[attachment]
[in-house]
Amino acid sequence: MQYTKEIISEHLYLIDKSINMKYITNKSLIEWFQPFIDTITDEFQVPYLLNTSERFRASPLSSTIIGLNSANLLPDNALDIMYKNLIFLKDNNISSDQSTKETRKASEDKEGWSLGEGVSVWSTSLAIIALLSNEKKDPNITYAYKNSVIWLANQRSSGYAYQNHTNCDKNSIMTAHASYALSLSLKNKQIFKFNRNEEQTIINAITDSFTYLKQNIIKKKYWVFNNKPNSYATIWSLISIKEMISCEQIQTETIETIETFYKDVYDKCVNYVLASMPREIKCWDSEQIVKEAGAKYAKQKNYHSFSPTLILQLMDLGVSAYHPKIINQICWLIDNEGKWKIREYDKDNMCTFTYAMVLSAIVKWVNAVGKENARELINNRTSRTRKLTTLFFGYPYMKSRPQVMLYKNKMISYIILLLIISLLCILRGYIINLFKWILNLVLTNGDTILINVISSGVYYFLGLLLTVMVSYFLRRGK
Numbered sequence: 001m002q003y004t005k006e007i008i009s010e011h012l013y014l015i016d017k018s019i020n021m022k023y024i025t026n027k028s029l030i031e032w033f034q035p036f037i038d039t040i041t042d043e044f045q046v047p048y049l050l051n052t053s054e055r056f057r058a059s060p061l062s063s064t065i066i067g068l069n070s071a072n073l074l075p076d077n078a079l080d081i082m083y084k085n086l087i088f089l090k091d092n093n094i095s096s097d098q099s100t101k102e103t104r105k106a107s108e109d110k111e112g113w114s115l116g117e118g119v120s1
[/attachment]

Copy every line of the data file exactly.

[in-house]
Amino acid sequence: MQYTKEIISEHLYLIDKSINMKYITNKSLIEWFQPFIDTITDEFQVPYLLNTSERFRASPLSSTIIGLNSANLLPDNALDIMYKNLIFLKDNNISSDQSTKETRKASEDKEGWSLGEGVSVWSTSLAIIALLSNEKKDPNITYAYKNSVIWLANQRSSGYAYQNHTNCDKNSIMTAHASYALSLSLKNKQIFKFNRNEEQTIINAITDSFTYLKQNIIKKKYWVFNNKPNSYATIWSLISIKEMISCEQIQTETIETIETFYKDVYDKCVNYVLASMPREIKCWDSEQIVKEAGAKYAKQKNYHSFSPTLILQLMDLGVSAYHPKIINQICWLIDNEGKWKIREYDKDNMCTFTYAMVLSAIVKWVNAVGKENARELINNRTSRTRKLTTLFFGYPYMKSRPQVMLYKNKMISYIILLLIISLLCILRGYIINLFKWILNLVLTNGDTILINVISSGVYYFLGLLLTVMVSYFLRRGK
Numbered sequence: 001m002q003y004t005k006e007i008i009s010e011h012l013y014l015i016d017k018s019i020n021m022k023y024i025t026n027k028s029l030i031e032w033f034q035p036f037i038d039t040i041t042d043e044f045q046v047p048y049l050l051n052t053s054e055r056f057r058a059s060p061l062s063s064t065i066i067g068l069n070s071a072n073l074l075p076d077n078a079l080d081i082m083y084k085n086l087i088f089l090k091d092n093n094i095s096s097d098q099s100t101k102e103t104r105k106a107s108e109d110k111e112g113w114s115l116g117e118g119v120s1